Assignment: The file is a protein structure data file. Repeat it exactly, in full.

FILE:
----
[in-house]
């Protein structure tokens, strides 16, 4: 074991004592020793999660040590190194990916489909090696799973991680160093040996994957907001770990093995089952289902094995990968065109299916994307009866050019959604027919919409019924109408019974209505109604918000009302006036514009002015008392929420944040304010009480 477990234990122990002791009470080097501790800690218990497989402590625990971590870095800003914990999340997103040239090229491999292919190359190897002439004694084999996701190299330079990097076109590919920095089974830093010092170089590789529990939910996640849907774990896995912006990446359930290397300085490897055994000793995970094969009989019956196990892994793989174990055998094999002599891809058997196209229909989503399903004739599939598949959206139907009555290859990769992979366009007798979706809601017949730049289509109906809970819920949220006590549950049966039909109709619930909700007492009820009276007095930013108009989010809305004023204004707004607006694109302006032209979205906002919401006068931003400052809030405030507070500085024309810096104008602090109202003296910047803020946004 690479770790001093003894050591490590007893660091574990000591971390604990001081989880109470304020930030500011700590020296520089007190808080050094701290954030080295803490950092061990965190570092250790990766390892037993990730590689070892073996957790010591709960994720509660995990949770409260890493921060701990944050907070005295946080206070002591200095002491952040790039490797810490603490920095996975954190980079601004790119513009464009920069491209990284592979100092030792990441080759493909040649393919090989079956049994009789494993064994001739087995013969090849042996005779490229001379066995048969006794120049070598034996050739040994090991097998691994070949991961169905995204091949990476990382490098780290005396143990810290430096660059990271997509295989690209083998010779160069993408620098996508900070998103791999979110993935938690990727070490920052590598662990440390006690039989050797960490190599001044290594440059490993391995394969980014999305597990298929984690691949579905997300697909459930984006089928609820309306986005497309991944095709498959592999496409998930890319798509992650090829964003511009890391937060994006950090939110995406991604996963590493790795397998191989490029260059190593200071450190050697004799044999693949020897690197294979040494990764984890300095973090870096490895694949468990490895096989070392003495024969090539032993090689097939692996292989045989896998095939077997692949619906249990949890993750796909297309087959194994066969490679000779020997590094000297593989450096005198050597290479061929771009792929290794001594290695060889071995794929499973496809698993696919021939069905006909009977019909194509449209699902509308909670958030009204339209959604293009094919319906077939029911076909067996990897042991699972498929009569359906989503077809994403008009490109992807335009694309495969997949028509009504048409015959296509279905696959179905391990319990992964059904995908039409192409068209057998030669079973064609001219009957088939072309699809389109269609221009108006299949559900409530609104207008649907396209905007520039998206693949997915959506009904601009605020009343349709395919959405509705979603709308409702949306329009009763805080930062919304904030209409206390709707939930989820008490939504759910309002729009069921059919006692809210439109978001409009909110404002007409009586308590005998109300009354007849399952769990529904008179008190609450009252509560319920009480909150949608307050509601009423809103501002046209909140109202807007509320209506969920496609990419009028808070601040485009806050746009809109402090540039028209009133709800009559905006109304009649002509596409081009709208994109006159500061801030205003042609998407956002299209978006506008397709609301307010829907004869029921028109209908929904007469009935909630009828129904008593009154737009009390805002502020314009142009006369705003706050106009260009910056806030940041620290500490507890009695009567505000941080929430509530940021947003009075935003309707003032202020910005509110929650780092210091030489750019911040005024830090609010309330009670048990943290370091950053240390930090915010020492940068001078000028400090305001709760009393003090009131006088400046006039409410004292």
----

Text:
[in-house]
């Protein structure tokens, strides 16, 4: 074991004592020793999660040590190194990916489909090696799973991680160093040996994957907001770990093995089952289902094995990968065109299916994307009866050019959604027919919409019924109408019974209505109604918000009302006036514009002015008392929420944040304010009480 477990234990122990002791009470080097501790800690218990497989402590625990971590870095800003914990999340997103040239090229491999292919190359190897002439004694084999996701190299330079990097076109590919920095089974830093010092170089590789529990939910996640849907774990896995912006990446359930290397300085490897055994000793995970094969009989019956196990892994793989174990055998094999002599891809058997196209229909989503399903004739599939598949959206139907009555290859990769992979366009007798979706809601017949730049289509109906809970819920949220006590549950049966039909109709619930909700007492009820009276007095930013108009989010809305004023204004707004607006694109302006032209979205906002919401006068931003400052809030405030507070500085024309810096104008602090109202003296910047803020946004 690479770790001093003894050591490590007893660091574990000591971390604990001081989880109470304020930030500011700590020296520089007190808080050094701290954030080295803490950092061990965190570092250790990766390892037993990730590689070892073996957790010591709960994720509660995990949770409260890493921060701990944050907070005295946080206070002591200095002491952040790039490797810490603490920095996975954190980079601004790119513009464009920069491209990284592979100092030792990441080759493909040649393919090989079956049994009789494993064994001739087995013969090849042996005779490229001379066995048969006794120049070598034996050739040994090991097998691994070949991961169905995204091949990476990382490098780290005396143990810290430096660059990271997509295989690209083998010779160069993408620098996508900070998103791999979110993935938690990727070490920052590598662990440390006690039989050797960490190599001044290594440059490993391995394969980014999305597990298929984690691949579905997300697909459930984006089928609820309306986005497309991944095709498959592999496409998930890319798509992650090829964003511009890391937060994006950090939110995406991604996963590493790795397998191989490029260059190593200071450190050697004799044999693949020897690197294979040494990764984890300095973090870096490895694949468990490895096989070392003495024969090539032993090689097939692996292989045989896998095939077997692949619906249990949890993750796909297309087959194994066969490679000779020997590094000297593989450096005198050597290479061929771009792929290794001594290695060889071995794929499973496809698993696919021939069905006909009977019909194509449209699902509308909670958030009204339209959604293009094919319906077939029911076909067996990897042991699972498929009569359906989503077809994403008009490109992807335009694309495969997949028509009504048409015959296509279905696959179905391990319990992964059904995908039409192409068209057998030669079973064609001219009957088939072309699809389109269609221009108006299949559900409530609104207008649907396209905007520039998206693949997915959506009904601009605020009343349709395919959405509705979603709308409702949306329009009763805080930062919304904030209409206390709707939930989820008490939504759910309002729009069921059919006692809210439109978001409009909110404002007409009586308590005998109300009354007849399952769990529904008179008190609450009252509560319920009480909150949608307050509601009423809103501002046209909140109202807007509320209506969920496609990419009028808070601040485009806050746009809109402090540039028209009133709800009559905006109304009649002509596409081009709208994109006159500061801030205003042609998407956002299209978006506008397709609301307010829907004869029921028109209908929904007469009935909630009828129904008593009154737009009390805002502020314009142009006369705003706050106009260009910056806030940041620290500490507890009695009567505000941080929430509530940021947003009075935003309707003032202020910005509110929650780092210091030489750019911040005024830090609010309330009670048990943290370091950053240390930090915010020492940068001078000028400090305001709760009393003090009131006088400046006039409410004292």